Wilbur Smith novels. The period novels are much better than the modern-day ones, as the dialogue doesn’t sound as clunky if it’s being spoken in the 1600s or 1700s, or by ancient Egyptians. I had to interview him a few years ago, and so read Monsoon in preparation, as it was the book that he was publicising at the time. I hadn’t read him since I was a teenager, and had vague memories of some ropey sex and a woman having a wee behind a rock (in the book, I hasten to add, not in my teenage life) but Monsoon was great fun. The ropey sex was still there, though. One phrase stands out in my memory: “She gasped at the sight of Tom’s wondrous man thing.” I thought: I have a man thing, but it’s not wondrous. What’s so special about his? Does it light up? Does it play a tune ...?
Most satisfying writing moment?
Probably finishing The Book of Lost Things. I’m a pretty harsh critic of my own work, but I felt that it represented as good a book as I was going to be able to write at that time, or perhaps ever, which is a bit depressing in a way. Something always gets lost in the act of transferring the nebulous book in your head to the page, which is very frustrating. You never quite manage to write the book that you set out to write, or at least I never do. I think the least was lost in the writing of The Book of Lost Things. It’s an odd little book, but I’m very fond of it and proud of it.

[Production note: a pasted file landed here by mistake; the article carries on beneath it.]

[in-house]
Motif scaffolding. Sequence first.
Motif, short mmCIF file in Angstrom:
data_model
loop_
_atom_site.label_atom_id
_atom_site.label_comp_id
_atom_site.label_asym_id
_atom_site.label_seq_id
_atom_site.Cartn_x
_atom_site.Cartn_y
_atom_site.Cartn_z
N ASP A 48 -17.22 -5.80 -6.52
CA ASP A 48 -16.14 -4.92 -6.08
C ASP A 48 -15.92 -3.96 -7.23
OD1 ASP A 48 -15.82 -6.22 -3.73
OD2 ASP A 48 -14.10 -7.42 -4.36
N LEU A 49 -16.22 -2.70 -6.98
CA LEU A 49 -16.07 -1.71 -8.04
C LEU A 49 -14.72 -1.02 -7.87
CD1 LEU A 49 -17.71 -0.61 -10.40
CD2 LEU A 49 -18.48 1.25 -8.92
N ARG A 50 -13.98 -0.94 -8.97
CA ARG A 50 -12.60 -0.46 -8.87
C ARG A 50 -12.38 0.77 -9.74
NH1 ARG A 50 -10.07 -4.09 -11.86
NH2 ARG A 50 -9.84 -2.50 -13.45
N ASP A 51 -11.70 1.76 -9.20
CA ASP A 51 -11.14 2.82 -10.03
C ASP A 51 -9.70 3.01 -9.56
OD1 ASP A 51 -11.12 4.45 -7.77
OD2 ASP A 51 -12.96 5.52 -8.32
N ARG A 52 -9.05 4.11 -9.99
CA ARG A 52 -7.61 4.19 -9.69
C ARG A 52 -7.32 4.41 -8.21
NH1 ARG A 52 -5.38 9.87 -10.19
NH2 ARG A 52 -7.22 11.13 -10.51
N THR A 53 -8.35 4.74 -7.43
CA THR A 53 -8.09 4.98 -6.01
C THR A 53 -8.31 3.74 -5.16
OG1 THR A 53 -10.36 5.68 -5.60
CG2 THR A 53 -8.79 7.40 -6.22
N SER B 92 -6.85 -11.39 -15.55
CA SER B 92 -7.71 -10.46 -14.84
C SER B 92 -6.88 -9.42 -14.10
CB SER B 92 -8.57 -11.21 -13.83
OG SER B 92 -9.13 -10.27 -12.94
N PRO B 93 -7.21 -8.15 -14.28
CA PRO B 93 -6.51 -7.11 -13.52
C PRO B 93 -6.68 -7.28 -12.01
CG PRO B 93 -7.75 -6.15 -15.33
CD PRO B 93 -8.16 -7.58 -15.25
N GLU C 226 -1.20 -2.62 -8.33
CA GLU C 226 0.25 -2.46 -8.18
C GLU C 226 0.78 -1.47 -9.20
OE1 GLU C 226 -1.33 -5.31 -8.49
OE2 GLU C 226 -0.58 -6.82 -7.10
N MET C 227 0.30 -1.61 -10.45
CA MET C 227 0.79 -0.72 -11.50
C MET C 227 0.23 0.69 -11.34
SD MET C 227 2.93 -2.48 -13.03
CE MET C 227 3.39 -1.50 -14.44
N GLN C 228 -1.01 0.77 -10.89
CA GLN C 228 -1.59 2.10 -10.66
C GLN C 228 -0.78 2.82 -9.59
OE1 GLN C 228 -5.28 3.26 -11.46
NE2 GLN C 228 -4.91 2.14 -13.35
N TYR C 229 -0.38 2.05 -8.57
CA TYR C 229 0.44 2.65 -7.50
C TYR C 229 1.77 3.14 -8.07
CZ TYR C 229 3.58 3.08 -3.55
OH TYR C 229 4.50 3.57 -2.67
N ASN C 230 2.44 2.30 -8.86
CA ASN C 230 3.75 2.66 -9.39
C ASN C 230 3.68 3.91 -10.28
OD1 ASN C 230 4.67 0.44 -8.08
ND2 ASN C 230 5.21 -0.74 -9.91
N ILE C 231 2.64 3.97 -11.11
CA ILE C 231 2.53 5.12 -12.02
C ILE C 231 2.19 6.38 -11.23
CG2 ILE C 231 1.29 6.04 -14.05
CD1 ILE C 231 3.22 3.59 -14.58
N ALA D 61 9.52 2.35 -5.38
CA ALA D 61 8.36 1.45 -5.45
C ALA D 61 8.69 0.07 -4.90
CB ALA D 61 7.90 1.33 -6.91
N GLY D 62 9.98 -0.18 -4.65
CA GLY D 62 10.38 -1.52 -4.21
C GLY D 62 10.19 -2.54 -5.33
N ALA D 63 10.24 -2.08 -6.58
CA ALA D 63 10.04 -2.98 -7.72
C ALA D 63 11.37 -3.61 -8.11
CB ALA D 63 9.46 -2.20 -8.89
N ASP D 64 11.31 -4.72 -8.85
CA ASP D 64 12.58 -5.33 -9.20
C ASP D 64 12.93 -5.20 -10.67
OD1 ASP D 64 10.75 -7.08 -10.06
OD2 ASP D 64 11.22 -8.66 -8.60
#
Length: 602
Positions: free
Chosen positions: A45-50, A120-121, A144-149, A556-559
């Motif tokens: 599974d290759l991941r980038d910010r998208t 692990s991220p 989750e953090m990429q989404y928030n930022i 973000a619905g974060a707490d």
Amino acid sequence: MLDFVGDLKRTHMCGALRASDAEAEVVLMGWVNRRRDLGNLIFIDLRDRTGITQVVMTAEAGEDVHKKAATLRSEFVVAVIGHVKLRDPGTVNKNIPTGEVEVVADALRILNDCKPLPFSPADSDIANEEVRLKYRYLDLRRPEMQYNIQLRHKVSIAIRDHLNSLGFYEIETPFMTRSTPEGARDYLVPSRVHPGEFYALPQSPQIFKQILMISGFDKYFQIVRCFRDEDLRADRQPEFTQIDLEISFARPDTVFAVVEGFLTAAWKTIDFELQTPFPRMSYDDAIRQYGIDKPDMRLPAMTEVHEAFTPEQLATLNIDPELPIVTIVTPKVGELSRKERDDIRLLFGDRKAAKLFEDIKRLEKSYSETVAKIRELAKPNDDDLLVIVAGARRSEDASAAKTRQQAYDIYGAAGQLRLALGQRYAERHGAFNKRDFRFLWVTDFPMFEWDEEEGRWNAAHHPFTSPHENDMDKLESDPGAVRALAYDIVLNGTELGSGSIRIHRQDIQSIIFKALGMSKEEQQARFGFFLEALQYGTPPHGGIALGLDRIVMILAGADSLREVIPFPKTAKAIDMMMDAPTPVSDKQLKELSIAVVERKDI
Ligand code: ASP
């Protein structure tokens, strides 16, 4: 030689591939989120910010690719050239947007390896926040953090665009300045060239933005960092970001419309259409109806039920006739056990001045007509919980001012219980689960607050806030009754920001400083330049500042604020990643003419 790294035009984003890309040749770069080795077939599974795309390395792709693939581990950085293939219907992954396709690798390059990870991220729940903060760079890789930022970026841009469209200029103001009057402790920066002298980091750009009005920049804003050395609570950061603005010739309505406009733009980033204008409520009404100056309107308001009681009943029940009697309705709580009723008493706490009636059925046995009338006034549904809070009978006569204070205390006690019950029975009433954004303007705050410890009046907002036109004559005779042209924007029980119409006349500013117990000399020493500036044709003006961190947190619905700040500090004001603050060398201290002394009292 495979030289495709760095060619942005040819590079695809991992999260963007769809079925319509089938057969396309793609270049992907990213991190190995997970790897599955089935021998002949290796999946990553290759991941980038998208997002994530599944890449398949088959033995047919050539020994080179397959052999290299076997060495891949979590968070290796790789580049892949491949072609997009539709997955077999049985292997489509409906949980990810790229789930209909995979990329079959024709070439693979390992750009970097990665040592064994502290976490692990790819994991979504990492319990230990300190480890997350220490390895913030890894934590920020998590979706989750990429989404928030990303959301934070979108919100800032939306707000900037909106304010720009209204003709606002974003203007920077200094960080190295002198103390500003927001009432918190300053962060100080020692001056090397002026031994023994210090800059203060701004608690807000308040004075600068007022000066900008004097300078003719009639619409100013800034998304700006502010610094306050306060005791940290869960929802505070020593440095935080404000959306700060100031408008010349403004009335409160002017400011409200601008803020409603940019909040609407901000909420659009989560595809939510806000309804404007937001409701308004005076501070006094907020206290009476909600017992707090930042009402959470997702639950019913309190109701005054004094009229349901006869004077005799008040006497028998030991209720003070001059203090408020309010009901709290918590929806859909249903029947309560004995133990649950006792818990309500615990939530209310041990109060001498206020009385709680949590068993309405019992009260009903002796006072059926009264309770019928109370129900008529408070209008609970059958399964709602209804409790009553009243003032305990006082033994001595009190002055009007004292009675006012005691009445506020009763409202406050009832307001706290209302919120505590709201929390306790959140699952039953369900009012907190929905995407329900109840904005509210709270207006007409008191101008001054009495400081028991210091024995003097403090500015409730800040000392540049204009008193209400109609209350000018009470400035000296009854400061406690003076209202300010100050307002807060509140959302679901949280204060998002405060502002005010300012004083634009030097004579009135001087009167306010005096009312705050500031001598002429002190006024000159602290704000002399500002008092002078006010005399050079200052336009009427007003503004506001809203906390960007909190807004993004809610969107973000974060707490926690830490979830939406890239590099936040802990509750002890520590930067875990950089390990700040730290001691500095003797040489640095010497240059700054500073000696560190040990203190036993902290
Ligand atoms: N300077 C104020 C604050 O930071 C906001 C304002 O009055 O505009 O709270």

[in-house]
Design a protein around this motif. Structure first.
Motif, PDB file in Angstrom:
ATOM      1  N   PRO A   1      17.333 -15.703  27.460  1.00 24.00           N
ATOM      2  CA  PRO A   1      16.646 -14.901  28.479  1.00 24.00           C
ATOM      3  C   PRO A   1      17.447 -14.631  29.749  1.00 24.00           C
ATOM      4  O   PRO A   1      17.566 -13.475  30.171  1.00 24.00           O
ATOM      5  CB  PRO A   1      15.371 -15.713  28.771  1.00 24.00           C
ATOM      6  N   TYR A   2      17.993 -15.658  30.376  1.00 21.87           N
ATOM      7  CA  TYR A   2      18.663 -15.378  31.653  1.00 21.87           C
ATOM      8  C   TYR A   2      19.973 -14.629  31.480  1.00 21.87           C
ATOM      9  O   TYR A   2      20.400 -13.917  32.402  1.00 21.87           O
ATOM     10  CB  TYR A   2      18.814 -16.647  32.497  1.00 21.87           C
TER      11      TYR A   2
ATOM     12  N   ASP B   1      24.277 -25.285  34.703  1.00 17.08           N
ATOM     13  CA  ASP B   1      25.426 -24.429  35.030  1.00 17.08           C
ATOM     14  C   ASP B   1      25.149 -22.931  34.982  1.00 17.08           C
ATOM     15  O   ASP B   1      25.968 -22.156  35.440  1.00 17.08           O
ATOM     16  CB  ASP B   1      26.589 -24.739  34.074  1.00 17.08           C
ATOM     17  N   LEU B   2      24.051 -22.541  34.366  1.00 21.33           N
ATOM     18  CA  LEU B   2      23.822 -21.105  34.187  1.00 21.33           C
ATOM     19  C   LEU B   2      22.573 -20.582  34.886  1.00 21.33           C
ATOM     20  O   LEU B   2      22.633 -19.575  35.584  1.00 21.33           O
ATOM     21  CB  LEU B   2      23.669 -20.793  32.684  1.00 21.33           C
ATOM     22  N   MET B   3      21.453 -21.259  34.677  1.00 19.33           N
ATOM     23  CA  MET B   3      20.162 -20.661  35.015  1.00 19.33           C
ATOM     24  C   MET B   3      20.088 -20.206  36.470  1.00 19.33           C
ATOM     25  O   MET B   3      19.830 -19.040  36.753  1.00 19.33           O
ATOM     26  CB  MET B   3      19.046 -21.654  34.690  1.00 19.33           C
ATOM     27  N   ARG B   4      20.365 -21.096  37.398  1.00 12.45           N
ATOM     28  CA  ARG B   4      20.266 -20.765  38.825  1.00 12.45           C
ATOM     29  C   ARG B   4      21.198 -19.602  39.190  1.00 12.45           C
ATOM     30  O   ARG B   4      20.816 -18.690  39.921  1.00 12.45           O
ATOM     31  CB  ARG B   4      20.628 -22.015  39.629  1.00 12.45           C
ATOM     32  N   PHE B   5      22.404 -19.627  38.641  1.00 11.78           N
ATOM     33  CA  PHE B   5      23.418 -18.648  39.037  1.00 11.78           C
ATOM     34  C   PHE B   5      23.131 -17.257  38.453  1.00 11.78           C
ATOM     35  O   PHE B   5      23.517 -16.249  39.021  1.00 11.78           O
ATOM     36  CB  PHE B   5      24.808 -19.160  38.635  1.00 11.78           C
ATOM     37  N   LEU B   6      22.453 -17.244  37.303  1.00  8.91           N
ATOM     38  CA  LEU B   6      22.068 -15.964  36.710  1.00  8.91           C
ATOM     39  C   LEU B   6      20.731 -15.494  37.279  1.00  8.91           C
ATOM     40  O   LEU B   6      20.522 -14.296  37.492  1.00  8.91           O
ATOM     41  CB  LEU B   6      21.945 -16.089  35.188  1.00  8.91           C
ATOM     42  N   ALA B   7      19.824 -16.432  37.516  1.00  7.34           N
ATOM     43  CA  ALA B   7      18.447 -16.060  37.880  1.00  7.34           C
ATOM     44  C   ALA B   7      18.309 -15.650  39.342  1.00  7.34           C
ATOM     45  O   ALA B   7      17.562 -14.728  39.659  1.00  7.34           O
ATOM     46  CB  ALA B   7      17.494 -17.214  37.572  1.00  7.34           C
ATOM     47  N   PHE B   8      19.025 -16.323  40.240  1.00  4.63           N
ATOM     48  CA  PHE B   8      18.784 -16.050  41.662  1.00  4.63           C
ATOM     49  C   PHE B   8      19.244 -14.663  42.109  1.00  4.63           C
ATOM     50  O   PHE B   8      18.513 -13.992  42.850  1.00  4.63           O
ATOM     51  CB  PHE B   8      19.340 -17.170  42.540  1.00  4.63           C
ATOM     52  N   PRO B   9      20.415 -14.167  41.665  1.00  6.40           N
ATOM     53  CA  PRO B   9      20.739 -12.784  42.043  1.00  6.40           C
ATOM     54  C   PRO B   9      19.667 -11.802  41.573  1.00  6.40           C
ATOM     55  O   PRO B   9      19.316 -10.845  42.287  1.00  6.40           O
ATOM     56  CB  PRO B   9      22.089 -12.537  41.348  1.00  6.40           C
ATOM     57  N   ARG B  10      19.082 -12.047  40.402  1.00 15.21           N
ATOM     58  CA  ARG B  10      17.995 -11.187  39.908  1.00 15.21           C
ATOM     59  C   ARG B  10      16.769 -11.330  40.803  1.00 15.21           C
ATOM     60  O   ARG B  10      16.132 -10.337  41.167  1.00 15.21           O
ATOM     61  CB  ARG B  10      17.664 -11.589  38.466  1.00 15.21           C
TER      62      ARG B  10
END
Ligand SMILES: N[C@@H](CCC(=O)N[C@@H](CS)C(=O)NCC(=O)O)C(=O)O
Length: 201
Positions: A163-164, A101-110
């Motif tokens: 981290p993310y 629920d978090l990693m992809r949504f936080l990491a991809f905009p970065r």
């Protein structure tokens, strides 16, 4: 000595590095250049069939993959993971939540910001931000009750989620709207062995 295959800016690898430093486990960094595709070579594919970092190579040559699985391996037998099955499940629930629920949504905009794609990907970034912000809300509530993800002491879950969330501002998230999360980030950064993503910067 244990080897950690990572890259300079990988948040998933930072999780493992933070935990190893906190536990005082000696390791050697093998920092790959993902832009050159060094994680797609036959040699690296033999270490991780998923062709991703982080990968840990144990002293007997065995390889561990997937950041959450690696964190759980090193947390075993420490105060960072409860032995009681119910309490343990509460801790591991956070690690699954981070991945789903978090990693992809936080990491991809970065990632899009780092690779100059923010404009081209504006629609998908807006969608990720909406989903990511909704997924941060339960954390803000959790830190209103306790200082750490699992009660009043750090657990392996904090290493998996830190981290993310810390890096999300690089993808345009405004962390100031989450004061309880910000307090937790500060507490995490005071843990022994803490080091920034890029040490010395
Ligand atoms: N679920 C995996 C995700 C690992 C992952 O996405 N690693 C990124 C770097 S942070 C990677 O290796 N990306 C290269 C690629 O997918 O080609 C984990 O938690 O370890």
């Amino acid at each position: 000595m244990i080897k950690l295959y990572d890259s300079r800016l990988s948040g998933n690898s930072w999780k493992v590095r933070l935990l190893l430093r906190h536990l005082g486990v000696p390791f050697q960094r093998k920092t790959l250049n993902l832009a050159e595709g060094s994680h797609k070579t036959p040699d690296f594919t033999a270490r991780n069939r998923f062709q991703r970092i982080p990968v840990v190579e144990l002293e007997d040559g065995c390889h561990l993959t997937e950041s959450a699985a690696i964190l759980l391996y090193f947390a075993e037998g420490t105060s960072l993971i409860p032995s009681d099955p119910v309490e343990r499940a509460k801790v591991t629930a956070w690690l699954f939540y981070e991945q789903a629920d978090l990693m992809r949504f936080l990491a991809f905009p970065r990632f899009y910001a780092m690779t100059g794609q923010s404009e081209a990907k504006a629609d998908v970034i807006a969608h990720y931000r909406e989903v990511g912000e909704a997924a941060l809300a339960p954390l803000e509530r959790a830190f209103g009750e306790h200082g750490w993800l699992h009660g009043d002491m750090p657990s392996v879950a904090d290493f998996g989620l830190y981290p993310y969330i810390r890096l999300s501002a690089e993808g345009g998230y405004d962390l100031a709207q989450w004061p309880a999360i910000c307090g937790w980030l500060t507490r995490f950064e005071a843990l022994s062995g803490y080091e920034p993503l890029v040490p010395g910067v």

The best Irish crime novel is …?
You know, I’ll dodge that bullet by saying that the best Irish crime novel probably hasn’t been written yet. Crime fiction wasn’t our genre for such a long time, and now Irish writers are really starting to make an impact, but it’s early days yet. I think we’re going to see some fantastic Irish crime novels emerging over the next few years. As things stand, there have already been some very good ones.